I packed four books for my trip to Texas this weekend. Three novels and one non-fiction. One of the novels I’ve read before: Mrs. Hemingway by Naomi Wood. I picked it up in Rome and I read the whole thing on the bus ride from Rome to the airport outside the city where all of the discount airlines fly to, then misplaced or lost or forgot about it and wondered if maybe I’d dreamed ever reading it until I found it again once I was back in the States. One of the other novels, The Wangs vs. the World, I got sometime in the spring in my Book of the Month box. Its fairly beat up, not because I’ve read it, but because I’ve brought it on my last four flights, expecting to finally have the time to get into the story.
I won’t actually read all four of the books; we’ve got a wedding on Saturday and Mom wants to do Thanksgiving on Sunday. I’d do the same on school field trips in elementary school, loading up a tote with a dictionary-sized CD case (even though I’d probably only listen to Shania Twain’s Up) and at least four or five paperback novels for the two hour bus trip to Houston. I’m an adult now so I should be able to reason with myself and talk myself down to two, maybe three–though, if you think about it, four isn’t really all that different from three–but I’m stubborn and like to have options.
When I last came to Texas, I packed six books. In my defense, my trip in June was one day longer than my stay this weekend. I read all of them, too, except for the non-fiction book I brought. I never read the non-fiction books I bring. The night before I left, I was supposed to go to a party at the Newseum and, despite the fact that I love the Newseum and getting to be places after hours and also free food and live music, I skipped it because I realized I didn’t have enough books for the trip home. That’s actually a lie, I have whole stacks of unread books cluttering the corners of my room, but I wanted options. Anyways, I skipped the party which should come as no surprise because, as we all know, I’ll always choose a new book over a party.
By my flight home on Sunday, I had a book hangover. I used to get them as a kid all the time, when you lose yourself so completely in a story that coming back to the real world just feels even more disappointing than usual.
One of the books I picked up, Uprooted, I think you’d love. The whole thing moves beautifully. I’d read quickly, then force myself to slow down to really savor the story and not rush the ending, then I’d forget and start reading quickly again before I realized what I was doing and have to slow down again.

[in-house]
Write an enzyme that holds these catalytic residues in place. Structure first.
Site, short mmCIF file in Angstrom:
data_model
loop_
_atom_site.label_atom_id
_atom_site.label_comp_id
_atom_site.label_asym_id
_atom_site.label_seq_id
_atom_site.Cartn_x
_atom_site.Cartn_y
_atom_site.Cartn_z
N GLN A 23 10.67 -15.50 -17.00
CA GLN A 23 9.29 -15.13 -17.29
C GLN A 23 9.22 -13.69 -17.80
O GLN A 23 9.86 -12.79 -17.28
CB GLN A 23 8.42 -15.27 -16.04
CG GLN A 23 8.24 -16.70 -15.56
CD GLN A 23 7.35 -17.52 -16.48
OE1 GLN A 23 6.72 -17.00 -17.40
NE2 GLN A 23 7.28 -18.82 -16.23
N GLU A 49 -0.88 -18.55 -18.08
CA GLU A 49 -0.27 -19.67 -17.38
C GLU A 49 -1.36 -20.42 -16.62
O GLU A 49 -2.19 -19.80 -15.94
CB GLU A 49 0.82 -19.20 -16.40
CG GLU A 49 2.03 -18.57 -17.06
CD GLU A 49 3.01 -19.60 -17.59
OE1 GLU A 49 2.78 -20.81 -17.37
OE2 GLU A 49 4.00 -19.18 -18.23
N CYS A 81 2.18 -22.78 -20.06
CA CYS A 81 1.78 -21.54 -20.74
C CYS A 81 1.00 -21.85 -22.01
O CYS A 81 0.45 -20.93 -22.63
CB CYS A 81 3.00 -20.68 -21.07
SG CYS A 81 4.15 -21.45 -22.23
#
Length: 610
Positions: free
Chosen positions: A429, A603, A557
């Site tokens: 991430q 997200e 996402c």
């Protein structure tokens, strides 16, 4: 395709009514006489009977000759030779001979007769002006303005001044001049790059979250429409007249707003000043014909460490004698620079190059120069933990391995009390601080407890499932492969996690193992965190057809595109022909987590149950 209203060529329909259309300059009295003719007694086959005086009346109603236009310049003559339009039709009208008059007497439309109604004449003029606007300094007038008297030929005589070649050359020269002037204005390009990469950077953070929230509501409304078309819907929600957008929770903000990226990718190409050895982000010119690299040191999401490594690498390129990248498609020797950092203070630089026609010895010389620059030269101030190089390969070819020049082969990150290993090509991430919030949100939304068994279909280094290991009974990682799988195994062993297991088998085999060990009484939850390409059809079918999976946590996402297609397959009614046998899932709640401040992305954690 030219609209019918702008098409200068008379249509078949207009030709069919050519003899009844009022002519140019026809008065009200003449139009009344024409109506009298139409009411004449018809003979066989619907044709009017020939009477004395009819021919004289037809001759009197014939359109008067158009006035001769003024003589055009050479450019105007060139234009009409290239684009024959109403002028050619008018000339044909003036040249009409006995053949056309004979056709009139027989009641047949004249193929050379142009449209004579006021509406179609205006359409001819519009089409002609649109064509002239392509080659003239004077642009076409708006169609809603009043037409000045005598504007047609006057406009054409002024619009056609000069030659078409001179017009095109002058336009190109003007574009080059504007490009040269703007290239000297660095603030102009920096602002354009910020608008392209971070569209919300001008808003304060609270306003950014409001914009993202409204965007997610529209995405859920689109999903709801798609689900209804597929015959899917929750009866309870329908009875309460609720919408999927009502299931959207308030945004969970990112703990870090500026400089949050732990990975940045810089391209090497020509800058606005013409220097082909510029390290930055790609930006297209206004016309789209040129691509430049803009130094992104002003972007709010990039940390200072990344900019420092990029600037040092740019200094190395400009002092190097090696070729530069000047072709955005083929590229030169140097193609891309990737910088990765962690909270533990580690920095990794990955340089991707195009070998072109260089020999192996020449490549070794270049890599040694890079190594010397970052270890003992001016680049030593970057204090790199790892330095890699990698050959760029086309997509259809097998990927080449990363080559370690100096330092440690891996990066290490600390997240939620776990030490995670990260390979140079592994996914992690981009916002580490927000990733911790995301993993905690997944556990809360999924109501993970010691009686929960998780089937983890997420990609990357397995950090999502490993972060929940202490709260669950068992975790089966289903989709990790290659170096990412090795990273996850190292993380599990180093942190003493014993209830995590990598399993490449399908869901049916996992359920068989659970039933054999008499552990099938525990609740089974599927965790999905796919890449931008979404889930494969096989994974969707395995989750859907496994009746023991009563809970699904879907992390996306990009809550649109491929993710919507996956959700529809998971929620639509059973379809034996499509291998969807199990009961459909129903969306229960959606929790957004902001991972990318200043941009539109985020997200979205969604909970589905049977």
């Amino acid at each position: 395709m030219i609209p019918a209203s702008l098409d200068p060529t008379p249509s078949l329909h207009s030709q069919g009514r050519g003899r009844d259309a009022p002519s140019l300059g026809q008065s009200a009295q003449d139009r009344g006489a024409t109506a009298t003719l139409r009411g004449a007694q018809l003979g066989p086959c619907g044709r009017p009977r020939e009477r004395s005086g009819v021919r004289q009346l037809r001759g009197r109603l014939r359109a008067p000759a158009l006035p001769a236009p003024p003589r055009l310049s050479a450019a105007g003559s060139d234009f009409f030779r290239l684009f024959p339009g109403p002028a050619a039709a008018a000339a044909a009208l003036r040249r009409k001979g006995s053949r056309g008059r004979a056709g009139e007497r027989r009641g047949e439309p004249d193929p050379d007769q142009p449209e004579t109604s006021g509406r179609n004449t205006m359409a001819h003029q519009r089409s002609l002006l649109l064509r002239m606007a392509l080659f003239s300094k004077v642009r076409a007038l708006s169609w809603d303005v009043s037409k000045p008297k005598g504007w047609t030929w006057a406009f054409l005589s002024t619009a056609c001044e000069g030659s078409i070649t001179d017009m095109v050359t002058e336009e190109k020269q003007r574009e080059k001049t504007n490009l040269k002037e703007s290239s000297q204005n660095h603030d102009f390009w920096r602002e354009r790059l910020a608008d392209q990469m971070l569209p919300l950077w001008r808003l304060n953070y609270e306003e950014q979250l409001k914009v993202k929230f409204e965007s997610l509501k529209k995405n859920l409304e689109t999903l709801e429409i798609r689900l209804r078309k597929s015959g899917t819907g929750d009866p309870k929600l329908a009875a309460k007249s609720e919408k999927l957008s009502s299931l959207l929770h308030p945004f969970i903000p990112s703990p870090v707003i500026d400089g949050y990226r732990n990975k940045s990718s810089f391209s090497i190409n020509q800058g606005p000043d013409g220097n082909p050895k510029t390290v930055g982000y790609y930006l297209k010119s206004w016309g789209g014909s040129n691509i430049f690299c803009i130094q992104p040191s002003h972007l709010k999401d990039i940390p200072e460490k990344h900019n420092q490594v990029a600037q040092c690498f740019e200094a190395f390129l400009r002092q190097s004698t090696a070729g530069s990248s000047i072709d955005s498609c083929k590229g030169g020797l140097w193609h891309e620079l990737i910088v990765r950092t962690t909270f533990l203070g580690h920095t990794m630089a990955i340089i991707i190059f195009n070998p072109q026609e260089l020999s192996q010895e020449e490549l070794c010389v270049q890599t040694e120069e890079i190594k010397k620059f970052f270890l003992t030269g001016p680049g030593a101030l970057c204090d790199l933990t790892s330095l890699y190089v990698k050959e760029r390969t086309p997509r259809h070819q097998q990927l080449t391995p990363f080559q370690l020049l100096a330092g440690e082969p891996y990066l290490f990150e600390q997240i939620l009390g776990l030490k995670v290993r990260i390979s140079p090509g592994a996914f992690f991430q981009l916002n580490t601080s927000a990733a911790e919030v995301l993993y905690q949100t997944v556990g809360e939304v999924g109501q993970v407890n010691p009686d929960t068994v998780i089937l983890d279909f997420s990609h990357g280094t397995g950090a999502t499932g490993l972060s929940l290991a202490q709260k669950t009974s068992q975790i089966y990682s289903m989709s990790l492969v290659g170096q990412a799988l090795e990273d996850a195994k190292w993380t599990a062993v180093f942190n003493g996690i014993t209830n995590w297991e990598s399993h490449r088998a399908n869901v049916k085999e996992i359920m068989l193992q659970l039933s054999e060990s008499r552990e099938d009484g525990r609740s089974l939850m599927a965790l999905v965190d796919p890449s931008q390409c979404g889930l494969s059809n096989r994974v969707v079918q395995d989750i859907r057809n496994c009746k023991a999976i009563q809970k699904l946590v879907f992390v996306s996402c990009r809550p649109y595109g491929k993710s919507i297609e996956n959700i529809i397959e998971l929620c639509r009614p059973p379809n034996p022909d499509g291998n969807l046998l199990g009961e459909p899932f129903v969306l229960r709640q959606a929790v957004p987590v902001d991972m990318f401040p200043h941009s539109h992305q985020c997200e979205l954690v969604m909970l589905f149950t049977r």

A quarter of the way in I purchased wifi on my flight just to check and see if there was a sequel that I could download as soon as I landed in Dallas. I was equal parts relieved and disappointed to find out there wasn’t: disappointed because I hadn’t even finished and I already wanted more, relieved because I knew this book already had its hooks in me and I didn’t want to be stuck in another George R.R. Martin situation of unfinished book series.
I got it from the library but I ordered it on Amazon because it’s one of those books I want to own so I can read it whenever I want. It reminds me of the books we used to act out as kids.
Have you read a book like that lately? One you wish you could disappear into so completely that bikes become horses and sticks become swords and you start reading fanfiction again?
When I went to the library in Georgetown before my trip home in June, there were two kids sitting outside, waiting for a ride. Do you remember those days when we would’ve lived at the library if our parents would’ve let us? I remember visiting you in Frisco once and you took me to the library on Main and showed me around like you were introducing me to your future husband.
As a kid, I’d concoct actual schemes to catch a ride downtown, spending hours hanging out in a chair in the corner while I waited for Mom to finish running her errands or Dad to get off work. I had the hours of operation memorized. Each trip, I’d load up on as many books as I could, enough to last me the six weeks until they were due and I had an excuse to come back. I’m no good at pool so my hustle was always those summer reading programs where you’d get a sticker for every book you read and a free lunch if you read fifty.
I had a system. I’d cruise the New Releases and pick up two or three titles. Then I’d peruse the teen section, looking for whatever caught my eye. Then I’d skim Nonfiction, picking out books on horses and sea creatures and electromagnetism and anything that looked remotely interesting to fill in the gaps of my curriculum. I’d never read the non-fiction books unless they had diagrams, breaking down the way things worked, like the lymphatic system or a car engine.
Every week, I think this will be the week that I’m stumped for a letter. I wrote this entire thing in twenty minutes flying somewhere over the Bible belt. Traveling always makes writing easier but this letter was the longest and easiest yet. I hope this makes up for all those phone calls I forget to return.